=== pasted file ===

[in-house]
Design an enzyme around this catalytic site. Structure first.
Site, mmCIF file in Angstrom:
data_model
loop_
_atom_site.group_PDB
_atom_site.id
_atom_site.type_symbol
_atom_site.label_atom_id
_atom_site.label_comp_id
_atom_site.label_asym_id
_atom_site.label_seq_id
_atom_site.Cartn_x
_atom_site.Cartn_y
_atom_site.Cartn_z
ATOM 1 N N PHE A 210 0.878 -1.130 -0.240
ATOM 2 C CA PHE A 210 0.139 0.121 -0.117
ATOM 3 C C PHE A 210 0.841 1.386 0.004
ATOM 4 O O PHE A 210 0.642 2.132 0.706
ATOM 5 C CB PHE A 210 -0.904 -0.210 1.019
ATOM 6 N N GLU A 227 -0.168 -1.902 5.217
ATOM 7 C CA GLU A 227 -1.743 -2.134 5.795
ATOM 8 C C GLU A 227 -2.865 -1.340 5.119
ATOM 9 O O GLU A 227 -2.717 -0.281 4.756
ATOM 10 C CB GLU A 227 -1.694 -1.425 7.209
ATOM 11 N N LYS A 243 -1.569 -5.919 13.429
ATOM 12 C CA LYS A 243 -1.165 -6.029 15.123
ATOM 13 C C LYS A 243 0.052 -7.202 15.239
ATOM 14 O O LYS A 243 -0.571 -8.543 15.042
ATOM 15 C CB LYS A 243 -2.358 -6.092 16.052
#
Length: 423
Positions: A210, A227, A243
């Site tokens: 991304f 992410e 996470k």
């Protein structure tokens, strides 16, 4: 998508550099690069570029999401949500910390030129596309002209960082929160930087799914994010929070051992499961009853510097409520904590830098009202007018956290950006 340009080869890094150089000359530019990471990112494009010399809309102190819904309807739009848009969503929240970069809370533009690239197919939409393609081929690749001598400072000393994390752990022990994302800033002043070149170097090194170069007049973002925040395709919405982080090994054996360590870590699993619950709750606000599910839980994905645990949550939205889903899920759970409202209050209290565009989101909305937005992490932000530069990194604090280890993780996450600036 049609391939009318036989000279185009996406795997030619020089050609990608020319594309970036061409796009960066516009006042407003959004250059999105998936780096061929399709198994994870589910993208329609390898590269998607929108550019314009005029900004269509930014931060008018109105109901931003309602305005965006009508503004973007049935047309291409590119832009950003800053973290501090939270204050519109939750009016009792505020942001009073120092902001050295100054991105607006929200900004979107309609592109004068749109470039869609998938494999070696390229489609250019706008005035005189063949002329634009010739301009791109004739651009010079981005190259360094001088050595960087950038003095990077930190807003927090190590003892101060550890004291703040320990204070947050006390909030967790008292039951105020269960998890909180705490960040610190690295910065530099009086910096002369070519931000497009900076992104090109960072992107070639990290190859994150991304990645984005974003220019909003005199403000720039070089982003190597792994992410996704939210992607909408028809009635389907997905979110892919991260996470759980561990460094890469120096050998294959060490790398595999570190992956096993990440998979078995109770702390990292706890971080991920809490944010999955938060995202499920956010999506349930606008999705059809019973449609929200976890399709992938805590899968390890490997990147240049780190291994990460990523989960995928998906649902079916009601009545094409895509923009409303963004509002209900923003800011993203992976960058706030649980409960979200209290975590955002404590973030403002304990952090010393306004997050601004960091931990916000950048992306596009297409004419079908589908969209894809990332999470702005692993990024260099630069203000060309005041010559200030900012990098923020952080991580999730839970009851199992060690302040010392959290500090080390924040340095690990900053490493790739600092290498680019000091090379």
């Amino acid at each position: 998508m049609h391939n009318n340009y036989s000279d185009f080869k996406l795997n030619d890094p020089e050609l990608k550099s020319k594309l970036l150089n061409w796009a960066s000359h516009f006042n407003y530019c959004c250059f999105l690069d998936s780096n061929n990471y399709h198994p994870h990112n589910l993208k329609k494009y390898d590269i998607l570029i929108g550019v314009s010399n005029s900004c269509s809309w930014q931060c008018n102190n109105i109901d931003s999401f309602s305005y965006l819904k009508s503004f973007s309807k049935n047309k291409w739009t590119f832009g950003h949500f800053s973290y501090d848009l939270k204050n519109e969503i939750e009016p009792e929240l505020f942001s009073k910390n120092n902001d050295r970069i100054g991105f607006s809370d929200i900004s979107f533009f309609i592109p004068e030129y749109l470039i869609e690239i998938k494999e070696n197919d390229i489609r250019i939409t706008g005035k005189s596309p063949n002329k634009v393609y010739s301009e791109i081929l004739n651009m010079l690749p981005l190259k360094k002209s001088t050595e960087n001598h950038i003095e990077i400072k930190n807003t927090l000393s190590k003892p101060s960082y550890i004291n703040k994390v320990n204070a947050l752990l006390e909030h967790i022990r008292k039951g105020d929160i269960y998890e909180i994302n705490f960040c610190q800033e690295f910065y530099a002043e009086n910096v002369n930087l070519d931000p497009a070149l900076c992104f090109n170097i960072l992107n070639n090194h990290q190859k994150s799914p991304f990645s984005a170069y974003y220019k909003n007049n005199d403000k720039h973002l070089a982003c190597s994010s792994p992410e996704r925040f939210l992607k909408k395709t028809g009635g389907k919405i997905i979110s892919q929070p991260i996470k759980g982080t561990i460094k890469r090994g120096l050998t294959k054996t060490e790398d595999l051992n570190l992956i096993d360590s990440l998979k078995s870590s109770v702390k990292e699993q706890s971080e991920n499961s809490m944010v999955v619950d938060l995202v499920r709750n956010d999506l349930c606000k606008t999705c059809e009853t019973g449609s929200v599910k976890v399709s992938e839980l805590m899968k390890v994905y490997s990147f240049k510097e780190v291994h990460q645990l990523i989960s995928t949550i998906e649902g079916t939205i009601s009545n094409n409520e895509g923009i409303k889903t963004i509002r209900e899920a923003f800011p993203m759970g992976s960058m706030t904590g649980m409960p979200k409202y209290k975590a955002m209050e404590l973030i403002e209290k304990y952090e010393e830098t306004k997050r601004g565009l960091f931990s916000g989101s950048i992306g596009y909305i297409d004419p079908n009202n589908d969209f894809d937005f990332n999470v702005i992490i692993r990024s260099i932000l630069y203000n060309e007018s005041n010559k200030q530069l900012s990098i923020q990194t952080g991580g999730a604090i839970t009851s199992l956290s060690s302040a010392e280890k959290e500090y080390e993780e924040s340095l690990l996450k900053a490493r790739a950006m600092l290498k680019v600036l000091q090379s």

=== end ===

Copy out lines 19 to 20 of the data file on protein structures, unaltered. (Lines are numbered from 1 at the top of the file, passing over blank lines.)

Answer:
ATOM 4 O O PHE A 210 0.642 2.132 0.706
ATOM 5 C CB PHE A 210 -0.904 -0.210 1.019